Worried About Dementia? You Might Want to Check Your Blood Pressure

Jul 16, 2018
Originally published on July 17, 2018 12:30 pm

Every day, Dr. Walter Koroshetz, 65, takes a pill as part of his effort to help keep his brain healthy and sharp.

The pill is his blood pressure medication. And Koroshetz, who directs the National Institute of Neurological Disorders and Stroke, says controlling high blood pressure helps him reduce his risk of dementia.

He also keeps his blood pressure down by exercising and paying attention to his weight and diet. "I'm a believer," he says.

Koroshetz is urging other people with high blood pressure to follow his lead.

He is responsible for the institute's public health campaign called Mind Your Risks. Its goal is to let people know that there is a link between high blood pressure, stroke and dementia.

When blood pressure rises, it strains the tiny blood vessels that keep brain cells alive, Koroshetz says.

"With every pulse of your heart, you are pushing blood into these very small blood vessels in the brain," he says. And when the heart pushes too hard, as it does when blood pressure is elevated, it can cause damage that can lead to a stroke.

At least two large studies have revealed an alarming trend among stroke patients, Koroshetz says.

"If you had a stroke, even a small stroke, your risk of dementia within the next two years was greatly magnified," he says. "So there's something about having a stroke that drives a lot of the processes that give rise to dementia."

The evidence is clearest for a type of dementia called vascular dementia. It occurs when something blocks or reduces the flow of blood to brain cells.

But high blood pressure also appears to increase a person's risk of developing Alzheimer's disease, which is associated with the accumulation of plaques and tangles in the brain.

If people knew about the link between dementia and high blood pressure, they might be more inclined to do something about it, Koroshetz says.

"Only about 50 percent of people who have hypertension are actually treated," he says. "So I think there's a lot to be said for trying to get high blood pressure under control."

Koroshetz's campaign is getting some help from the Alzheimer's Association.

The group will present new research on blood pressure and Alzheimer's at its annual scientific meeting in Chicago, which starts July 22. And the group is encouraging people to control high blood pressure.

"The good news is that we can control blood pressure now," says Maria Carrillo, the group's chief science officer. "We can do that with exercise, with lifestyle, with healthy eating and also with medications."

Koroshetz is using all of these approaches. And he says other people with high blood pressure should follow his lead.

"When you get to be my age, you're going to be very grateful that you controlled your blood pressure and exercised," he says.

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NOEL KING, HOST:

There's growing evidence that when your blood pressure goes up, so does your risk of developing dementia, so one of the country's top brain doctors is urging people to protect their brains by controlling their blood pressure. As NPR's Jon Hamilton reports, this particular doctor is leading by example.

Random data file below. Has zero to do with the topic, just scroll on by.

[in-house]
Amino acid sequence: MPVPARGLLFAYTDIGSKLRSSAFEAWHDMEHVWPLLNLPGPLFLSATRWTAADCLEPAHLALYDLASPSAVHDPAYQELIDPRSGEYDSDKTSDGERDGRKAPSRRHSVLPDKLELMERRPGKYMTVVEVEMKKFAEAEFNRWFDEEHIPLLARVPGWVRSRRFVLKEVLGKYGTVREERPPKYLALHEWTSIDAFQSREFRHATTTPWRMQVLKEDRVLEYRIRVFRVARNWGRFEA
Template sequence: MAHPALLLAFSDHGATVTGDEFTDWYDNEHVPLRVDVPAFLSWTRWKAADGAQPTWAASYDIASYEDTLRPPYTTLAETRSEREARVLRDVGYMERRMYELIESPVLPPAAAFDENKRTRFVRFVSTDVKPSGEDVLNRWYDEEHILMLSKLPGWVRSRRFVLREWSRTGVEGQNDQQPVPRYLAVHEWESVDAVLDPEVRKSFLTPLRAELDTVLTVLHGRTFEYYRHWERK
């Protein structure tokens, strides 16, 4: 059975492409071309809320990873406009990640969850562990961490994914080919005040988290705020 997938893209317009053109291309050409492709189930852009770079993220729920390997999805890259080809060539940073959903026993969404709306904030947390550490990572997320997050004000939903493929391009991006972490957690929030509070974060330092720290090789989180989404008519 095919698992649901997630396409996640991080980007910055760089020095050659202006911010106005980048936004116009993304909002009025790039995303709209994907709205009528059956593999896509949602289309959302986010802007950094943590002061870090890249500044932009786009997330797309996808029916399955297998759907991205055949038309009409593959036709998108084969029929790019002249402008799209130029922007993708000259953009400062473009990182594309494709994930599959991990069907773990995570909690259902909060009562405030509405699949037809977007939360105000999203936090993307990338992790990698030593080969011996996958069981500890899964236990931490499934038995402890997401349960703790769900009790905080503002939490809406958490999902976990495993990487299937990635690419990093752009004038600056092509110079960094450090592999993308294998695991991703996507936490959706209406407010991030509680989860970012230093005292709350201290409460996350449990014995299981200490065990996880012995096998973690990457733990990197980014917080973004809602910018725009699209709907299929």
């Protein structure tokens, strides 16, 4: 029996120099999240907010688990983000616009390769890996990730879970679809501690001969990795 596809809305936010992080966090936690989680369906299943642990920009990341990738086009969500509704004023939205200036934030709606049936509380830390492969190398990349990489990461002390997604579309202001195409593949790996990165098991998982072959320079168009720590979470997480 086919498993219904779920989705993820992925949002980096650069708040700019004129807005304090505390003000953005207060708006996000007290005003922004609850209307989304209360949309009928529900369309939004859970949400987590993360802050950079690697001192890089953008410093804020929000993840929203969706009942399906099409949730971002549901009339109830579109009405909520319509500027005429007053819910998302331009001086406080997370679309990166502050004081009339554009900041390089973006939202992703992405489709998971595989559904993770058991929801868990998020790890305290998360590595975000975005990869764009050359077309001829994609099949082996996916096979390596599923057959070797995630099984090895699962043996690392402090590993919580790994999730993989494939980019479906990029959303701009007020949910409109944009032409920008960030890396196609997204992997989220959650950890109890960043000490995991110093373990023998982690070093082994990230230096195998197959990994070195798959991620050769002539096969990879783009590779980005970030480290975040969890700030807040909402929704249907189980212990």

JON HAMILTON, BYLINE: Every day, Dr. Walter Koroshetz takes some pills to help his brain stay healthy and sharp.

WALTER KOROSHETZ: I have to take my blood pressure medicines. I do (laughter).

HAMILTON: You're practicing what you preach here.

KOROSHETZ: Yeah. Oh, yeah, absolutely. I'm a believer. Right.

HAMILTON: Koroshetz should know. He's the director of the National Institute of Neurological Disorders and Stroke. And he's running a public health campaign called Mind Your Risks to tell people about the link between high blood pressure, stroke and dementia. Koroshetz says when blood pressure rises, it puts too much pressure on the tiny blood vessels that keep brain cells alive.

KOROSHETZ: With every pulse of your heart, you are pushing blood into these very small blood vessels in the brain and dilating them over and over again, which finally causes them to become diseased, to break, even.

HAMILTON: Koroshetz says that can lead to a stroke. And he says at least two large studies found an alarming trend among stroke patients.

KOROSHETZ: If you had a stroke - even a small stroke - your risk of dementia within the next two years was greatly magnified. So there's something about having a stroke that drives a lot of the processes that give rise to dementia.

HAMILTON: Koroshetz says the evidence is clearest for a type of dementia caused by problems with blood flow in the brain, but high blood pressure also appears to increase a person's risk of developing Alzheimer's disease. Koroshetz says if people knew about the link between dementia and high blood pressure, they might be more inclined to do something about it.

KOROSHETZ: Only about 50 percent of people who have hypertension are actually - treat it, so I think there's a lot to be said for trying to get high blood pressure in control.

HAMILTON: Koroshetz is getting some help from the Alzheimer's Association. The group will present new research on blood pressure and Alzheimer's at its meeting in Chicago next week, and the group's chief science officer, Maria Carrillo, says the association is spreading the word that there are lots of ways to reduce blood pressure.

MARIA CARRILLO: We can do that with exercise, with lifestyle, with healthy eating and also with medications.

HAMILTON: Maintaining a healthy weight also helps. Koroshetz is using all of these approaches, and he says other people with high blood pressure should follow his lead.

KOROSHETZ: When you get to be my age, you're going to be very grateful that you controlled your blood pressure and exercised. You know, even 15 minutes a day is all it takes.

HAMILTON: Jon Hamilton, NPR News.

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